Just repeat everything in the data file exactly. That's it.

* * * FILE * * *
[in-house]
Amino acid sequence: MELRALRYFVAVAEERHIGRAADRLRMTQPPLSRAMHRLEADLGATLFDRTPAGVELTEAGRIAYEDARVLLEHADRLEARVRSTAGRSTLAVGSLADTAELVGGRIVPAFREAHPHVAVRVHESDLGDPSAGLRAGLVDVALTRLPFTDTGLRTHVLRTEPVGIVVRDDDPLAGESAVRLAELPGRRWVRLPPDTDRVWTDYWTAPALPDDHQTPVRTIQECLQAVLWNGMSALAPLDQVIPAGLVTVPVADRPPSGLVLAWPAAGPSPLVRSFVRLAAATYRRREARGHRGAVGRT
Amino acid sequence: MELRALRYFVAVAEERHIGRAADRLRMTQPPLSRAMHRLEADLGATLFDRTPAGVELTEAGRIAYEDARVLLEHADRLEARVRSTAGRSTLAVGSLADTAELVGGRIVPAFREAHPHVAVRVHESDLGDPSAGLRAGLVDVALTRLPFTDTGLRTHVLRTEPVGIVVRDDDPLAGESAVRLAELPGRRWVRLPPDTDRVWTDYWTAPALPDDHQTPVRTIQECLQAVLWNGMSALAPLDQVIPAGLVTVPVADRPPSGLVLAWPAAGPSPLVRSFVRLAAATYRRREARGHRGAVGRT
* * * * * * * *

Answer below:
[in-house]
Amino acid sequence: MELRALRYFVAVAEERHIGRAADRLRMTQPPLSRAMHRLEADLGATLFDRTPAGVELTEAGRIAYEDARVLLEHADRLEARVRSTAGRSTLAVGSLADTAELVGGRIVPAFREAHPHVAVRVHESDLGDPSAGLRAGLVDVALTRLPFTDTGLRTHVLRTEPVGIVVRDDDPLAGESAVRLAELPGRRWVRLPPDTDRVWTDYWTAPALPDDHQTPVRTIQECLQAVLWNGMSALAPLDQVIPAGLVTVPVADRPPSGLVLAWPAAGPSPLVRSFVRLAAATYRRREARGHRGAVGRT
Amino acid sequence: MELRALRYFVAVAEERHIGRAADRLRMTQPPLSRAMHRLEADLGATLFDRTPAGVELTEAGRIAYEDARVLLEHADRLEARVRSTAGRSTLAVGSLADTAELVGGRIVPAFREAHPHVAVRVHESDLGDPSAGLRAGLVDVALTRLPFTDTGLRTHVLRTEPVGIVVRDDDPLAGESAVRLAELPGRRWVRLPPDTDRVWTDYWTAPALPDDHQTPVRTIQECLQAVLWNGMSALAPLDQVIPAGLVTVPVADRPPSGLVLAWPAAGPSPLVRSFVRLAAATYRRREARGHRGAVGRT